Barely does a disc come along that unexpectedly brings so much pleasure as this one [..] from the opening notes, I just knew it was a total winner. The balance between the three instruments is beautifully handled […], and the gorgeous tone Jane Gordon gets especially from the upper reaches of her violin is absolutely to die for.
The ear is immediately struck by the fortepiano, a 1987 Derek Adlam copy of an Anton Walter instrument from the mid-1790s, which formerly belonged to Christopher Hogwood. It’s beautifully set up, and remarkably little action-noise is captured in the Potton Hall recording. As delightful as it is to listen to, it is evidently a joy to play, and Jan Rautio leads performances notable for their buoyancy and vivacity.
The Rautio Piano Trio’s growing reputation will only be enhanced by this, their debut recording of three Mozartian jewels. […] The use of period instruments affords each work a transparency of timbre, and judicious tempo choices ensure that the performances avoid difficulties of balance that can weigh down modern instrument alternatives, like Haydn Trio Eisenstadt (Capriccio). Trio Parnassus (MDG) largely avoid that problem but are occasionally pedestrian. No such issues affect the Beaux Arts Trio’s 1960s readings (Decca). The Rautios confidently sit alongside them. Rhythmically alert allegros and nuanced allegrettos allow the gut-strung violin of Jane Gordon and Jan Rautio’s fortepiano to draw the listener in. […] Natural, well balanced recorded sound.
‘Playing of great agility and intimacy. […] It’s an impressive achievement, a disc to return to often.’
‘That fortepiano is the key to one of the chief pleasures of this recording. The natural lightness & clarity of the sound and the effortless balance with the period strings, never overwhelming them. These delightful works don’t get out often enough.’
[…] the sheer joy and bounce of the performances win through. […] there’s a natural flexibility that’s refreshing, a gentle way with ornaments (some written, others not) and, especially as K542’s finale launches into its triplet passages, an infectious sense of toe-tapping delight. Most enjoyable, then, and the recorded sound is clear and engaging too.’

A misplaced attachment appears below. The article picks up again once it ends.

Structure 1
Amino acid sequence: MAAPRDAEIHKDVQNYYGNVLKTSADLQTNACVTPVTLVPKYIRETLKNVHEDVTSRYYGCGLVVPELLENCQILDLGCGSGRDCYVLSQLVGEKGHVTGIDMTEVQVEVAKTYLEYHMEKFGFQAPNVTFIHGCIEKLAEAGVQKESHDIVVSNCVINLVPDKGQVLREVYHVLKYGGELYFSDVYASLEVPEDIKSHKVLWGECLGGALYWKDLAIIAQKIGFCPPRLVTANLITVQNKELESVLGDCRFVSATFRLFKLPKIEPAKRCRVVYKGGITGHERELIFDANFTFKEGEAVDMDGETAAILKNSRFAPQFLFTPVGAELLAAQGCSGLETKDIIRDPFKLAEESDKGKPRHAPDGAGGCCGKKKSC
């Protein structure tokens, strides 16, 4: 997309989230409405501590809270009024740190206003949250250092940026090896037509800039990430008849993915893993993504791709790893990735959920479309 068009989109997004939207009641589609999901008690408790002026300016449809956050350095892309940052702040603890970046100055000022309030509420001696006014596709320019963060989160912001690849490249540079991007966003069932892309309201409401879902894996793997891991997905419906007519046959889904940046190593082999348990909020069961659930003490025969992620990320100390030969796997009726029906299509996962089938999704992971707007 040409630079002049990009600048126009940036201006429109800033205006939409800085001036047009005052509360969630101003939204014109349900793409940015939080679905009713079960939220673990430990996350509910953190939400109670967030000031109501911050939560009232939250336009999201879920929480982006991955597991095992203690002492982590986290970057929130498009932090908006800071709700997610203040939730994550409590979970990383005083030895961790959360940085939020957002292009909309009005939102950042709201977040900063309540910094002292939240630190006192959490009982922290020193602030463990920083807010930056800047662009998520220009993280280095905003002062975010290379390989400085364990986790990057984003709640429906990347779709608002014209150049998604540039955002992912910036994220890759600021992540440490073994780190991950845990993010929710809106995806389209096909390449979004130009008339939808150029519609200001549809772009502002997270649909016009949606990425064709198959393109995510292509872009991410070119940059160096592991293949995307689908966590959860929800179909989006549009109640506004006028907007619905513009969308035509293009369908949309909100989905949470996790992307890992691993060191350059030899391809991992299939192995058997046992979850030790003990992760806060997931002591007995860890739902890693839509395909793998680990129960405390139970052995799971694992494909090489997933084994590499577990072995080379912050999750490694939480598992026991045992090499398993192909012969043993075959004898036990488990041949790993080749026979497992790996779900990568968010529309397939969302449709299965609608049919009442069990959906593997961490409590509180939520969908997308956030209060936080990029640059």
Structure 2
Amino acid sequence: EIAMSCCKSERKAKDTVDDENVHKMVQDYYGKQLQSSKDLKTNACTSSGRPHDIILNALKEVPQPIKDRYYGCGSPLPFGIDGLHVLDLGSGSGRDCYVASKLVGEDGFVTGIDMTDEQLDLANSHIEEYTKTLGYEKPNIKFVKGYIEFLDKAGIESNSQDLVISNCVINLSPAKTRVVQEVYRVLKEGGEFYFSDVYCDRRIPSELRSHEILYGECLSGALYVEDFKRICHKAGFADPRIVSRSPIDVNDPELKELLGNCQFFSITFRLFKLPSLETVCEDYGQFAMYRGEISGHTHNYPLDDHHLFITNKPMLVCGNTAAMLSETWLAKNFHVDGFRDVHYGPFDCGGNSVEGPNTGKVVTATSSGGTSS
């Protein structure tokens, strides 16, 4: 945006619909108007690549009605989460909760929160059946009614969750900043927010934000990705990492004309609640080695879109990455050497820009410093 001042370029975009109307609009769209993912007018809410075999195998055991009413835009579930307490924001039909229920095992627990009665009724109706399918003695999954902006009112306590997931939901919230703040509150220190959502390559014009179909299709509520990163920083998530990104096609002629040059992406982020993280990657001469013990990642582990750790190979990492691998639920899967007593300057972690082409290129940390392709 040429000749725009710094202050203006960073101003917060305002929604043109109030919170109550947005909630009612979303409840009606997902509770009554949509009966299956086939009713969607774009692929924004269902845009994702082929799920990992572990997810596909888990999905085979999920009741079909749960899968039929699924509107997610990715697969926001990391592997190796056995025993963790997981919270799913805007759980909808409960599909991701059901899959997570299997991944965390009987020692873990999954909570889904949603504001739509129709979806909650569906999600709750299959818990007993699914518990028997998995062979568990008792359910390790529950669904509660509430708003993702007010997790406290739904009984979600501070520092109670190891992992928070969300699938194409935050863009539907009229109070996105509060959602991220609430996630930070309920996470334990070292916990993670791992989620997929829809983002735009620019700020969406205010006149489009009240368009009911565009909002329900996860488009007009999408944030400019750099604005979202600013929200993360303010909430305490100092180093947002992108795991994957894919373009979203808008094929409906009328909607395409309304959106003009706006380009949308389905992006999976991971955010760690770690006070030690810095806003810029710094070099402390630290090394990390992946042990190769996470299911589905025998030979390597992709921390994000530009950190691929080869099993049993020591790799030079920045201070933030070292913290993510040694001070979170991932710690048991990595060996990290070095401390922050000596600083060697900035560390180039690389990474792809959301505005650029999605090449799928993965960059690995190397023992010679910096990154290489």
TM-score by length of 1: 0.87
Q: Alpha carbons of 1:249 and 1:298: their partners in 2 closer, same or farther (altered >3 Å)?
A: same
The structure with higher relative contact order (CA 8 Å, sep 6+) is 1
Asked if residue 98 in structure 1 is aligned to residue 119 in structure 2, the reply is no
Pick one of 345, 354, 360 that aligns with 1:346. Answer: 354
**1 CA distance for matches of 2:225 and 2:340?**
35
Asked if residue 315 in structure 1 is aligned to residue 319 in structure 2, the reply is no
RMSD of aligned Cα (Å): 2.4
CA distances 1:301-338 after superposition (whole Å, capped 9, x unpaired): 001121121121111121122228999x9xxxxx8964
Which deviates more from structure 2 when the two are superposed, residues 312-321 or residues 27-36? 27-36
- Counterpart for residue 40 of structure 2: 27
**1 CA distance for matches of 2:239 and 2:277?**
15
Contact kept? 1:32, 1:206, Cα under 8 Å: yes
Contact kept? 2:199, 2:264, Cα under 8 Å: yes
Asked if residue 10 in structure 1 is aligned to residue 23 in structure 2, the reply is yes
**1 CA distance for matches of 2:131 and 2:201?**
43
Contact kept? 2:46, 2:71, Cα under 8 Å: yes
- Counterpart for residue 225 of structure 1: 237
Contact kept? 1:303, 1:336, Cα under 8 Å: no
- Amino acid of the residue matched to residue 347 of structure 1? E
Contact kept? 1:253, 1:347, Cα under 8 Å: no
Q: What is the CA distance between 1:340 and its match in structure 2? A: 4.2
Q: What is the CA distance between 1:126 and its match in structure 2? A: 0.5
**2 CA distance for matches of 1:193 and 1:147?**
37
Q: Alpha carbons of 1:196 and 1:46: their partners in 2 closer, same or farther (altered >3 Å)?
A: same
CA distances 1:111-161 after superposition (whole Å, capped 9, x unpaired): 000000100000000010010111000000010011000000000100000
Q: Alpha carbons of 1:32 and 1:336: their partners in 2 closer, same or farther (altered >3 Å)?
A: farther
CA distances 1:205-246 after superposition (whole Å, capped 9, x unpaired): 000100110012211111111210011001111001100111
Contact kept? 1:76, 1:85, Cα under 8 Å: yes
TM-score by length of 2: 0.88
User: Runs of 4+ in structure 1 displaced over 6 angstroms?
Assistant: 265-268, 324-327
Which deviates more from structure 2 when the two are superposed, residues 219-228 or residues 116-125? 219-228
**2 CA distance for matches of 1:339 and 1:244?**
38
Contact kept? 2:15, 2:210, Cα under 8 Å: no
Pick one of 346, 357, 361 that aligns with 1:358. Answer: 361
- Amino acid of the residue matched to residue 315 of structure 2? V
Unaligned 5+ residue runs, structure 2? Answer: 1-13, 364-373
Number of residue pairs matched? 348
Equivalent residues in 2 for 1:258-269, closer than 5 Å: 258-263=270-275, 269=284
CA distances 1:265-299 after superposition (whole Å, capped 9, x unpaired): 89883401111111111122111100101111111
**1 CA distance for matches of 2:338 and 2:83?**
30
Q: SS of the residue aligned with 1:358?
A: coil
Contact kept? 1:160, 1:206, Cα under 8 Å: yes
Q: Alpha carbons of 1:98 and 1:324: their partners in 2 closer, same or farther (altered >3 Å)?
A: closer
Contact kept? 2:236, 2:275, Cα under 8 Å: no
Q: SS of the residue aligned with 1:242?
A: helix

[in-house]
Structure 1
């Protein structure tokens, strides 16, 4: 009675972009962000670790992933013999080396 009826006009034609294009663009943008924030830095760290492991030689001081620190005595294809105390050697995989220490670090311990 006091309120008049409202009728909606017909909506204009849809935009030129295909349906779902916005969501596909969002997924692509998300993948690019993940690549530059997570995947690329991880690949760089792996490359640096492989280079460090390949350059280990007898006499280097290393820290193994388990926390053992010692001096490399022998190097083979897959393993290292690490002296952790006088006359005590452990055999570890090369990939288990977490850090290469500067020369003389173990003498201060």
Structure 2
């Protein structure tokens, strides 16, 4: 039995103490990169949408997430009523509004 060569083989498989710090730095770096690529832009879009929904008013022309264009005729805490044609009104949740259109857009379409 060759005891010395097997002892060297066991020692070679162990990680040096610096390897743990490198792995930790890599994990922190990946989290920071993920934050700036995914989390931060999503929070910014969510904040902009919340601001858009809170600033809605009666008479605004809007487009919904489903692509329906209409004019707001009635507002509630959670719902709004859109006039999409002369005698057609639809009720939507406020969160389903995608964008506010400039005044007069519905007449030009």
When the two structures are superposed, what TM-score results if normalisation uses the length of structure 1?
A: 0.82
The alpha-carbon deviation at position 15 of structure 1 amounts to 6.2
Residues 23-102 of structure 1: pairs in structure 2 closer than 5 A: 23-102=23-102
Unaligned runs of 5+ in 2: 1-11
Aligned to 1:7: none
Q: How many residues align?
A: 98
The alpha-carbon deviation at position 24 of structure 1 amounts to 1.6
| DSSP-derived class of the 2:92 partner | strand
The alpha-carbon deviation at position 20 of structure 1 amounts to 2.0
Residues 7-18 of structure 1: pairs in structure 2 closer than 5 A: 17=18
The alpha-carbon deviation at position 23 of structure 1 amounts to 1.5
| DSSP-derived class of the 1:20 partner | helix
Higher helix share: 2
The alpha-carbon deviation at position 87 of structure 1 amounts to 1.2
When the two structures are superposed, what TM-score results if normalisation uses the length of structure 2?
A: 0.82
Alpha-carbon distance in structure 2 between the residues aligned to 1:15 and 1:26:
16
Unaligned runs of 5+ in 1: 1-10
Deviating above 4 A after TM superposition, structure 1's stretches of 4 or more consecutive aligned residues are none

‘This is the debut release from the Rautio Piano Trio, and it’s an assured debut indeed. […] There’s plenty of cheerful Mozartian melodic lines passing around the ensemble that can’t help but bring a smile to one’s face.’
The star qualities of all three came spectacularly to the fore when…….. responding individually whenever required, yet combining forces with an assurance and almost fanatical commitment in order to express the essential beauty and passion of Brahms’ chamber masterpiece (B Maj).
The Rautio Trio did it (Ravel) full justice with poetic playing of great assurance. Jan Rautio rose to all the challenges of the exuberant piano part…. The climax in the finale was a rapturous celebration that brought the concert to a storming close.
The second (evening) was an even more astounding performance from the Rautio Piano Trio, …. a trio who were mesmerising in their readings of Haydn, Beethoven and, in particular, Tchaikovsky’s piano trio in A minor.
This ensemble’s strength is that is plays to put across the music more than to flaunt its own undoubted talents – five stars and many more indeed!
The Rautio three are an experienced group and have already assimilated the knack that marks out all good chamber music partnerships, namely the gift of making the ensemble sound natural, unforced and instinctive. Yet they also possess individual talent that makes the technical demands in a piece like the Ravel seem insignificant. Remarkable textures and harmonies were lovingly realised….. audience was enthralled from start to finish.
Beethoven’s Trio in Bb Op.11 Gassenhauer had thrilling new life and spirit breathed into it by the Trio’s playing. The pianist led the others with the glorious ease and liquid freedom of his playing. Beethoven’s themes were tossed playfully round the trio in the outer movements while the Adagio had real seductive warmth to it.
The Rautio Piano Trio gave mature and persuasive accounts of three recent British works, capturing the disquieting eloquence of Judith Weir’s Piano Trio Two, the vivid contrasts of Luke Bedford’s Chiaroscuro and the witty, discursive character of John Casken’s 2002 Piano Trio.